First published 2012
Everyone has an opinion on how to run a business, from Michael O’Learey’s “Hook ’em with a low lead-in price, then charge breathtaking amounts for absolutely everything over and above the bare seat whilst not spending one unnecessary Euro” to James Dyson’s and Steve Job’s “Get the design right and the rest will follow” to John Timpson’s “Upside Down Management – If you treat people well, it is blindingly obvious that they will do a good job” style where his hands-off approach devolves power and financial responsibility to local shop Managers.
In the same way, as customers of businesses, whether it’s the local paper shop, a car showroom or even your local pub, we also all have our own opinions and we all know good and bad service when we encounter it. Phrases such as “Well, I’m never going back there, again” and “He was chatting to his colleague all the time whilst serving me” abound, as do “You’ve got to try this new place, the service was amazing” and “The Manager apologised for it being out of stock and brought a replacement round personally, the next day”.
I’m no exception and following (in later Blogs) are a few of the principles that I abide to.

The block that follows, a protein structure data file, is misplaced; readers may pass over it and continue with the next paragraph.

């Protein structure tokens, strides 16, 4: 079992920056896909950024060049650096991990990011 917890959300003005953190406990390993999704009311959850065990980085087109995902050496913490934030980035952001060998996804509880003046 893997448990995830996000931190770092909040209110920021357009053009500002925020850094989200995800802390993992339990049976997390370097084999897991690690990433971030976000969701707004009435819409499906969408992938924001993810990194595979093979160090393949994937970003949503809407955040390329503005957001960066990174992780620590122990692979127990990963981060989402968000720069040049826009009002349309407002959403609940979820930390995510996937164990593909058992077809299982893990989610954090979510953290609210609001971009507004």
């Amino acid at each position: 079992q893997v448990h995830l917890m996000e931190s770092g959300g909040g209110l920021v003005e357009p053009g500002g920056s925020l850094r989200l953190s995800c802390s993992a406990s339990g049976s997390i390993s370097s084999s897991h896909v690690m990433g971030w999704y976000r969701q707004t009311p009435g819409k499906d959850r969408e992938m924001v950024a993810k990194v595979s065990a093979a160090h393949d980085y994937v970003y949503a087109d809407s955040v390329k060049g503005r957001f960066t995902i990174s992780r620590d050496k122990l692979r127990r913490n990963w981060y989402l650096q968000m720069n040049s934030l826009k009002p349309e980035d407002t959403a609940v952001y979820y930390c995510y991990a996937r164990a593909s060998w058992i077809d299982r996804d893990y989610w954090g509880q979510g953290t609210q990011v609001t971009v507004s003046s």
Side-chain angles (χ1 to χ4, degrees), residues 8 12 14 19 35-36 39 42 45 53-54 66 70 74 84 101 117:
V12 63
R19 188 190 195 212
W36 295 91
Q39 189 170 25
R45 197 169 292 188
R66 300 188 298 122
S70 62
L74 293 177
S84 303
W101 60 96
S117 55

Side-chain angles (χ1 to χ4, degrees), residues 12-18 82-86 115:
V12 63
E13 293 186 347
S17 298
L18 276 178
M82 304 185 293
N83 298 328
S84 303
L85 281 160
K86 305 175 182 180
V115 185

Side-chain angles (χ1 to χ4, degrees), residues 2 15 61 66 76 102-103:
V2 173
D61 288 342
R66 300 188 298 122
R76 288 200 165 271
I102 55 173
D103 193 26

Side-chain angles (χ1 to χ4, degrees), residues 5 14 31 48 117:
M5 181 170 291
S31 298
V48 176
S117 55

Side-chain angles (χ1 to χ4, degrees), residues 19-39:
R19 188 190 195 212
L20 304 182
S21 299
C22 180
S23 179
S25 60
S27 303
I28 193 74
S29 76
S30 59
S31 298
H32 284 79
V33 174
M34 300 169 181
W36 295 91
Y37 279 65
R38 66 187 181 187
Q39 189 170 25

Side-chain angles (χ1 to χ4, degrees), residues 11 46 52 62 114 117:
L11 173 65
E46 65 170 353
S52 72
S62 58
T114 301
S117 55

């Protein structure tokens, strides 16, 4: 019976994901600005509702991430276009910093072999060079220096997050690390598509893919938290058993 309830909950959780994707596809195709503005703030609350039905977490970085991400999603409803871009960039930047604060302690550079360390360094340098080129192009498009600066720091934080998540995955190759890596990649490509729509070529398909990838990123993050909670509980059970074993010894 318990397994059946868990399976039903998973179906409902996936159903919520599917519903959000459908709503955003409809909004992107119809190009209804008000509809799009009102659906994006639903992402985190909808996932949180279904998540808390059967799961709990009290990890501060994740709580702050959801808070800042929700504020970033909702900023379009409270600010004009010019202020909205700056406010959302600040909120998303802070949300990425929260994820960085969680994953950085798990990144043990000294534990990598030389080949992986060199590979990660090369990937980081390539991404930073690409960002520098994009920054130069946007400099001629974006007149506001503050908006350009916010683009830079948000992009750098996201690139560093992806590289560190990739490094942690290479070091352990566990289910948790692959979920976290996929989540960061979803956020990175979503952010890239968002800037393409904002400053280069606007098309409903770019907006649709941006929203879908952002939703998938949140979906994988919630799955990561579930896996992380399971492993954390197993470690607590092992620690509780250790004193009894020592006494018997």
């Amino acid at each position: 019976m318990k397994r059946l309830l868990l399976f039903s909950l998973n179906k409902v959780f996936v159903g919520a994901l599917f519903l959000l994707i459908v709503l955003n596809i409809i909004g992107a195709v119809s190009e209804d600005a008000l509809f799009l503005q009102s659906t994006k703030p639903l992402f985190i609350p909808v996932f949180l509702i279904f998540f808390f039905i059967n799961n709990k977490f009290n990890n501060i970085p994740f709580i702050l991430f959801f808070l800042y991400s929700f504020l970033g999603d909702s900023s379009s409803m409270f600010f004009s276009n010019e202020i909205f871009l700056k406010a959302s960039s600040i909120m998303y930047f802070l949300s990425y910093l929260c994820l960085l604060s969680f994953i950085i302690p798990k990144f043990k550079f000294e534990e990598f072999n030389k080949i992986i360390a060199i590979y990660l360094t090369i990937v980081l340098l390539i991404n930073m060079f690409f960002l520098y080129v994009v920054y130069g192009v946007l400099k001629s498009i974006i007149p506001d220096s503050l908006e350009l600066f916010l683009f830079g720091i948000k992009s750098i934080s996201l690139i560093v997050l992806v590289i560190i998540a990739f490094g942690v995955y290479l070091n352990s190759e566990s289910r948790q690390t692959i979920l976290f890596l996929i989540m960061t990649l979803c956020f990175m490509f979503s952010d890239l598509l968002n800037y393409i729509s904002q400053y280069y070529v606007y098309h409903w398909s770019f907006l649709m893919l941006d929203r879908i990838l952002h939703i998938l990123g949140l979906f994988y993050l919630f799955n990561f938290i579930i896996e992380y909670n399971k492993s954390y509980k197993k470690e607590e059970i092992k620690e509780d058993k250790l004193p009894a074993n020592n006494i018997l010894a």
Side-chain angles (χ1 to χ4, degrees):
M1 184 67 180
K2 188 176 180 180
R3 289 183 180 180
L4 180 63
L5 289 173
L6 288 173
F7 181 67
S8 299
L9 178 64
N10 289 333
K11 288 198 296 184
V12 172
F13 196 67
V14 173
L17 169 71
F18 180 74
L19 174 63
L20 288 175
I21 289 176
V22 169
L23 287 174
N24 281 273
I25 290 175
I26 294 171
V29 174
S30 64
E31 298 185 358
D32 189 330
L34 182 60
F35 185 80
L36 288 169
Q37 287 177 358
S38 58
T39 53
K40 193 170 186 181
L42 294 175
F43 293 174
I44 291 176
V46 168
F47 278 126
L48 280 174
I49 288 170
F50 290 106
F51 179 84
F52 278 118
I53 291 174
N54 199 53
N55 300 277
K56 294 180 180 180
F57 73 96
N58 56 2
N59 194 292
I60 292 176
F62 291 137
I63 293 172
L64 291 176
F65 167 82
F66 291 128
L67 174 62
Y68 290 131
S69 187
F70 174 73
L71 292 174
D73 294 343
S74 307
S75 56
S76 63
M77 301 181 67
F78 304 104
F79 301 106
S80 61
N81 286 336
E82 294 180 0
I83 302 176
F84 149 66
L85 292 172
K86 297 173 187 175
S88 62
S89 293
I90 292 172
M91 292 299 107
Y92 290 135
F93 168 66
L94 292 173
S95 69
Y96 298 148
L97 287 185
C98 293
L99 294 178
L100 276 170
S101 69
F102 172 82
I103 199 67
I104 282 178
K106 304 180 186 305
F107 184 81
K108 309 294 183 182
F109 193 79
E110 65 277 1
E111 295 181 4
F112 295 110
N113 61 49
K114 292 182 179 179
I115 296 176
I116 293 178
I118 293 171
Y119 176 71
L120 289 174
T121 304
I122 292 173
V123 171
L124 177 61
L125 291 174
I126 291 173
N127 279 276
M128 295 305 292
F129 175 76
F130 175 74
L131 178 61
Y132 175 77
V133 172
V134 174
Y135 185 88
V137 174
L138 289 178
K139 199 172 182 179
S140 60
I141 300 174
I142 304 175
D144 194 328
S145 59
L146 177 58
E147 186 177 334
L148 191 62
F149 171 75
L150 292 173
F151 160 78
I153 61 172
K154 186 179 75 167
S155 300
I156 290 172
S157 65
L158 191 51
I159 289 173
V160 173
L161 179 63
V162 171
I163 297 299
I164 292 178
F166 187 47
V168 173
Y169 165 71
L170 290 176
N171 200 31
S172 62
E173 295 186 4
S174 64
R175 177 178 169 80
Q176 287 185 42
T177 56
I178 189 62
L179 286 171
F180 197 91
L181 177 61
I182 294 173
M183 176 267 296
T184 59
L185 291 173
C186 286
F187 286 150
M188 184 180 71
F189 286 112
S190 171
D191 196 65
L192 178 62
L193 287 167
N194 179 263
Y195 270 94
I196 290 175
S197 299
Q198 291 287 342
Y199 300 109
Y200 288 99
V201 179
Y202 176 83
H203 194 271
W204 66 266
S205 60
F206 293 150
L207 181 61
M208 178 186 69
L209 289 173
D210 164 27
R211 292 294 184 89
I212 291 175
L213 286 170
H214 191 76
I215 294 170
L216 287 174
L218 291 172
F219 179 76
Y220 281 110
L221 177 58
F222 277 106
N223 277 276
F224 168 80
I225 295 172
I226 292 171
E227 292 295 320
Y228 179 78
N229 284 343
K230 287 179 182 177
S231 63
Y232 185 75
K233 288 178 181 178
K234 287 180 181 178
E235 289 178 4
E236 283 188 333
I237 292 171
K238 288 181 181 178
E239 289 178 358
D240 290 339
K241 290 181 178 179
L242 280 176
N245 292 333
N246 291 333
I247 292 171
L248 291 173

If anyone else wants to comment on any of my principles or add any of their own, then I’d love to hear from you.
- I will never travel on Ryanair simply because of its attitude to its customers
- I am now on my second Dyson after believing for years that Vax was the way to go
- ‘Apple creep’ is happening in the household and, although I baulk at the prices charged, I love the IPad.
- I have not had the need to visit my local Timpson’s since I read John Timpson’s Management book, but have a watch for repair just waiting for me to remember to take it in and get it assessed. If the service matches the principles of the book, I will be a very happy bunny.
So, onwards and downwards. Principle I – The Godfather Principle.